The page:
Events companies have brilliantly kept their communities of buyers and sellers connected through online events during Covid. But while many of these events have been excellent, they are unlikely to usurp their live counterparts.
That’s because face-to-face communication is richer than all other forms. There’s plenty of science to back this up. You may have heard it said that communication is 92% non-verbal. This statistic stems from studies conducted 50 years ago by social scientist Dr Albert Mehrabian. He found that facial expressions convey the bulk of a person’s message (53%), tone of voice plays another part (38%), and the actual words carry only a fraction of the meaning (7%). You might argue that Zoom and the like can still convey facial expression and tone. But we’re instinctive, sensory creatures and most of us would agree that online events just don’t ‘feel’ the same.
Live events aren’t just a better communication experience. They are also incredibly time efficient. In a day you can meet established contacts, make new connections, explore potential commercial partners, research a market or technology and get a whole market view of the latest products and services.
Another key consideration is that live events make senior decision-makers more accessible. C-suite executive’s mobile number. While such decision-makers may relish being inaccessible, this keeps them isolated, cut off from those chance conversations and meetings which could prove invaluable. A live event redresses this. It gives senior buyers the opportunity to check out smaller niche players who they would never otherwise meet. This is good for both parties and for a sector’s innovation.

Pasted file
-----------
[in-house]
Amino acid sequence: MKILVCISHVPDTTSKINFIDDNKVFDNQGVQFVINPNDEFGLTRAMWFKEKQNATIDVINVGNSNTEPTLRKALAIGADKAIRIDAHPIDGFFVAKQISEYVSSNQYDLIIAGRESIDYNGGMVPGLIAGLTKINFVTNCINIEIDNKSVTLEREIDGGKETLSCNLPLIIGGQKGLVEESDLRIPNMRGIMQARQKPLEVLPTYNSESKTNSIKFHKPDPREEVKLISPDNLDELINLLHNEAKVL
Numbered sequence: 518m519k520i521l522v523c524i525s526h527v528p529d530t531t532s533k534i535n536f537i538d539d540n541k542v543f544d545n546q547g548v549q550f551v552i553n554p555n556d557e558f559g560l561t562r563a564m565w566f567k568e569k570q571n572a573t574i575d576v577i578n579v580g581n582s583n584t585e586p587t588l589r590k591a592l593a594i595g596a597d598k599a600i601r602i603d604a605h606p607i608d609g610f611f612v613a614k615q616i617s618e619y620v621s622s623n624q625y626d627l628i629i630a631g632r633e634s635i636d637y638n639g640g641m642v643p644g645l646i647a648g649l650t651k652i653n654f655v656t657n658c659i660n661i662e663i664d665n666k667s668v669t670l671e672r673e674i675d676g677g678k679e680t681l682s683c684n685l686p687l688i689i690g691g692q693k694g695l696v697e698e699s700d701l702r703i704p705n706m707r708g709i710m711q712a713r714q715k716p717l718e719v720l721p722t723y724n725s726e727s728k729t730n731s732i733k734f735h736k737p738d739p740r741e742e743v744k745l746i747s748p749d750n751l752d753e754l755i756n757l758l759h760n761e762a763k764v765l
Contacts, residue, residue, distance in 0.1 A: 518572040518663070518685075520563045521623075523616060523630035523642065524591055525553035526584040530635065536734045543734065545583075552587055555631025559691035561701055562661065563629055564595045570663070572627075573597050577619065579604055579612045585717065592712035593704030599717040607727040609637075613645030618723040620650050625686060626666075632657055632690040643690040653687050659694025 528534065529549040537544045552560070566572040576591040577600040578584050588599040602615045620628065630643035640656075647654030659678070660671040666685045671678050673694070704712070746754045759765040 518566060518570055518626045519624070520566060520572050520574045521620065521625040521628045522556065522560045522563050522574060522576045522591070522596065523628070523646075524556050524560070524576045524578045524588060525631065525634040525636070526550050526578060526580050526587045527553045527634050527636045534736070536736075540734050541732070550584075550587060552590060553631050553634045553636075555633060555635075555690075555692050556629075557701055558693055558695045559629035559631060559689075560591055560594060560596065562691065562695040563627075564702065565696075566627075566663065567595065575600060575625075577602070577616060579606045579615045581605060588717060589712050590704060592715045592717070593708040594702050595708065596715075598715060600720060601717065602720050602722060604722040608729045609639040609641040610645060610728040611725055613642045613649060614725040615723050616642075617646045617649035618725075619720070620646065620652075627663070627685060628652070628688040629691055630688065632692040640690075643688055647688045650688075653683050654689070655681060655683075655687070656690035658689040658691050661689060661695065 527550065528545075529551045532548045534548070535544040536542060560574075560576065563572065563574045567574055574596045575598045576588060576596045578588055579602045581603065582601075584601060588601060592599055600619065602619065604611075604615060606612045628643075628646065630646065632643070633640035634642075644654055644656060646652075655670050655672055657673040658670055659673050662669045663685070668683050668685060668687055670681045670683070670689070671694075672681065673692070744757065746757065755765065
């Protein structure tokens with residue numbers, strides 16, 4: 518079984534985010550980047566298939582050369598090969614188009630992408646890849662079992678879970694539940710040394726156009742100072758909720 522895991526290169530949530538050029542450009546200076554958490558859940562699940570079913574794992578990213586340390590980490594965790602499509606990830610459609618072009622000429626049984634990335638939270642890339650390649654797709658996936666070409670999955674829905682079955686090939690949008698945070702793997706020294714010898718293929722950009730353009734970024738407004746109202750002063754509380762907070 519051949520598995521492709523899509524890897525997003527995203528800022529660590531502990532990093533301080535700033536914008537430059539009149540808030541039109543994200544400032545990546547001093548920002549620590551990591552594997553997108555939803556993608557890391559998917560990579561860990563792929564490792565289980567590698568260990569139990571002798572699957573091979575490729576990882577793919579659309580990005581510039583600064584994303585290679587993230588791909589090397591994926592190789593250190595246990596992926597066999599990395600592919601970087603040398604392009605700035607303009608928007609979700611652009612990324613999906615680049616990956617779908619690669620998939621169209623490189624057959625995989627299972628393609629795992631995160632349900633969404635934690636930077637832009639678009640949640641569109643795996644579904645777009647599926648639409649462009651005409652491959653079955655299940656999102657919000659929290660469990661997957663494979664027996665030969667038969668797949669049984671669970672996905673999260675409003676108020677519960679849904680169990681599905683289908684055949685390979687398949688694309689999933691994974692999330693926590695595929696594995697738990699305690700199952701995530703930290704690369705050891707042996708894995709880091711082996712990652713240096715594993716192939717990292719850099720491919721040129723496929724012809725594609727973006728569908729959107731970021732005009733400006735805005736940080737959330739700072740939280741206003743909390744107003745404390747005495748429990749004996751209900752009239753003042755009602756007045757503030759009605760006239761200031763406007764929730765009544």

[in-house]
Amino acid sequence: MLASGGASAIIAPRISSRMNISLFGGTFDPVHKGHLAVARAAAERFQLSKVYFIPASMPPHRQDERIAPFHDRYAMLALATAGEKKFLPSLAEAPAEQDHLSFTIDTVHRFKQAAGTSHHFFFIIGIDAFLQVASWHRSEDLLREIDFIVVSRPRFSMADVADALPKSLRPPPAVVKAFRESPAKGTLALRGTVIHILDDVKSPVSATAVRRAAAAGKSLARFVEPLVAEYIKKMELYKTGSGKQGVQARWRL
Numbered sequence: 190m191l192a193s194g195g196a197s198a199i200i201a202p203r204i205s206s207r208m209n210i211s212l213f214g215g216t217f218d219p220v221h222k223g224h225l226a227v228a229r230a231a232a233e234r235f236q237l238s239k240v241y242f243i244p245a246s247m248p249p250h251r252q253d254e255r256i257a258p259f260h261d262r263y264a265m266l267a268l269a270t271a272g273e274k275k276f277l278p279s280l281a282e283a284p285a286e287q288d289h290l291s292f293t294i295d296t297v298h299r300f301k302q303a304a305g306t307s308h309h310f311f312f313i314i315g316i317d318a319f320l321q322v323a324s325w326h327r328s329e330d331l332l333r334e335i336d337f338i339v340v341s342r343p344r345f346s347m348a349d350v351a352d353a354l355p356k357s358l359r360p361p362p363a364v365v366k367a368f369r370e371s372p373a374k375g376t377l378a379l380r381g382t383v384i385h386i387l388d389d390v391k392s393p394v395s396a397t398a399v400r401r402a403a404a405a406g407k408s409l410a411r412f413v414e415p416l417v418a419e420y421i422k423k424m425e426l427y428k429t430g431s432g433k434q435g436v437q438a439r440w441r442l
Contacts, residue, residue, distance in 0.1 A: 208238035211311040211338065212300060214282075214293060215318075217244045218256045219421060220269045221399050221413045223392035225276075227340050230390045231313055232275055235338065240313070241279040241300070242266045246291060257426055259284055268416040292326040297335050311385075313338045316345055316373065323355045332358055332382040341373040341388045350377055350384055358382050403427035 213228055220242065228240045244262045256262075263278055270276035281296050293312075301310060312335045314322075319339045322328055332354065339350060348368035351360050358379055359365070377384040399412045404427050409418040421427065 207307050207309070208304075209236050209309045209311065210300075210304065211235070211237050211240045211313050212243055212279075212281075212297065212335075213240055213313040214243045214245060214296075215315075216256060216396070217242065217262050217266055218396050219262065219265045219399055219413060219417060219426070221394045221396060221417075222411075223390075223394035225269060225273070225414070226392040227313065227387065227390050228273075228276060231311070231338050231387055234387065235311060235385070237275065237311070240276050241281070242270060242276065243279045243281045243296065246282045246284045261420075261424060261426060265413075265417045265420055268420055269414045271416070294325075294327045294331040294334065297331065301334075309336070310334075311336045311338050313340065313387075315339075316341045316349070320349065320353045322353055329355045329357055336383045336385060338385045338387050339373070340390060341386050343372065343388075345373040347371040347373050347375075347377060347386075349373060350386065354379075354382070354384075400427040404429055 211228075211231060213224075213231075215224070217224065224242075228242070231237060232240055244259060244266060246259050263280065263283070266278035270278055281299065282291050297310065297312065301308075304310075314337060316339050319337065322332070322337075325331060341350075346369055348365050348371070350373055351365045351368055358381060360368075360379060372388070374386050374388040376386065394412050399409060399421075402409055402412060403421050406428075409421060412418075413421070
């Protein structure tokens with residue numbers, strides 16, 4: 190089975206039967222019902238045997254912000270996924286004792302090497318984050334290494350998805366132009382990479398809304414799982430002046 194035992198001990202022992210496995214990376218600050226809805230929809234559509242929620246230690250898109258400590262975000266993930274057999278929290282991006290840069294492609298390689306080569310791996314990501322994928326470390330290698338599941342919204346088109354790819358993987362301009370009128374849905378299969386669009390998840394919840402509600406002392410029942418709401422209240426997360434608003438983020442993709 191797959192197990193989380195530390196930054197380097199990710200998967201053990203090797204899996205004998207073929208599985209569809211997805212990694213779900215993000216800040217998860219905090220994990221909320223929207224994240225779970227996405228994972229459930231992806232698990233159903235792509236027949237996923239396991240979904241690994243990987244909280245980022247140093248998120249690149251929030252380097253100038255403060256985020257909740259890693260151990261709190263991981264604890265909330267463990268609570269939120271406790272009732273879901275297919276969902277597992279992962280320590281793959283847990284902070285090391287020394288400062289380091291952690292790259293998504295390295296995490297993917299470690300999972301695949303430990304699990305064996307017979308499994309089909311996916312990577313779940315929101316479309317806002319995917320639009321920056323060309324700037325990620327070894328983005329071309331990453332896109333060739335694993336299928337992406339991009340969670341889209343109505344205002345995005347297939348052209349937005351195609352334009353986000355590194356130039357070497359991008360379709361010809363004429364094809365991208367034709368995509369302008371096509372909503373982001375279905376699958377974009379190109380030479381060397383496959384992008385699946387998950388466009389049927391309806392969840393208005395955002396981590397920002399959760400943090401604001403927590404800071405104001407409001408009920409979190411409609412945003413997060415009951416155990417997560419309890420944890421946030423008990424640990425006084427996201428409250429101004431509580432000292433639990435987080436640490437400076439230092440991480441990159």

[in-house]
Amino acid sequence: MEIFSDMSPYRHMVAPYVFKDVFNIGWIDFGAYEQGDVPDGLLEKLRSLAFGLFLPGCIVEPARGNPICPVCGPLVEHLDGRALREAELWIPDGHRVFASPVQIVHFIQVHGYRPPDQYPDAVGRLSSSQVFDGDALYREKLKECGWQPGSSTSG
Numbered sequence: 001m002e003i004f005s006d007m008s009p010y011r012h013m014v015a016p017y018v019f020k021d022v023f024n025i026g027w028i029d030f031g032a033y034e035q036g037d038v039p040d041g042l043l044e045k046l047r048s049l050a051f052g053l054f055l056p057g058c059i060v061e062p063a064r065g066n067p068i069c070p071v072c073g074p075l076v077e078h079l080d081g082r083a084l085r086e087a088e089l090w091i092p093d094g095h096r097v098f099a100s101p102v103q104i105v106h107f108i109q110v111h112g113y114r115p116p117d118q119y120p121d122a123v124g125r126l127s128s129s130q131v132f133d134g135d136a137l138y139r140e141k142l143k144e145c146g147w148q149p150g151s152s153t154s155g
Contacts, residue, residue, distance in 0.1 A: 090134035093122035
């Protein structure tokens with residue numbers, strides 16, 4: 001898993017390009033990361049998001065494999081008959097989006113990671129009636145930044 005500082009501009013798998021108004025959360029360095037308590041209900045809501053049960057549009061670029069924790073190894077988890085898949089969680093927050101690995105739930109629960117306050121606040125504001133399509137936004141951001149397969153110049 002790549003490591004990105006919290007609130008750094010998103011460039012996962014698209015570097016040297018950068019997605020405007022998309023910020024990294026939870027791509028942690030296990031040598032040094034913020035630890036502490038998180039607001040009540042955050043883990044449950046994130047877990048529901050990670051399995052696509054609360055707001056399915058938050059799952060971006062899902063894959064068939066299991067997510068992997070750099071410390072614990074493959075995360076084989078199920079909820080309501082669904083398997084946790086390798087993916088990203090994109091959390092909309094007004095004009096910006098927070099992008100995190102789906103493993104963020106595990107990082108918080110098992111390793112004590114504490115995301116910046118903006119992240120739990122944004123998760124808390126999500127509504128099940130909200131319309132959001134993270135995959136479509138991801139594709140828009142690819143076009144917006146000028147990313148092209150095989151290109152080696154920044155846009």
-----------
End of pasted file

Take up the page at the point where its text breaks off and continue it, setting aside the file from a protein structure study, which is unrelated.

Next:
Such innovation will be crucial this year. For instance, I was chatting to the Easyfairs team working on Antwerp XL, an event supporting the niche of maritime breakbulk. Their research among 105 of breakbulk’s top decision-makers identified an industry with a lot of pent-up plans. A fifth aim to launch a new product over the course of the year, 38% a new service, one in five will be expanding into a new geography and 17% will be moving into a new sector. Such plans would be much harder to implement without live events.
These events also help at times of great technological change and research by StocExpo, an event focused on bulk liquid storage, illustrates just how much of this is taking place. Digitalisation, big data, artificial intelligence, robotics, the IoT and drones are just some of the technologies the sector’s companies – and organisations across our economy – are grappling with. Such transformative tech involves ecosystems of players working together, and they congregate first at live events.
Lastly live events are important also for both the national and the trade media. In our own survey, 137 journalists told us that with live events cancelled, 49% were struggling to interact with the market and 38% had lost access to valuable contacts and content.
Digital events have been a great substitute, but they won’t replace live events any time soon. There’s magic in live events, and I for one can’t wait for their return.
Source: Exhibition World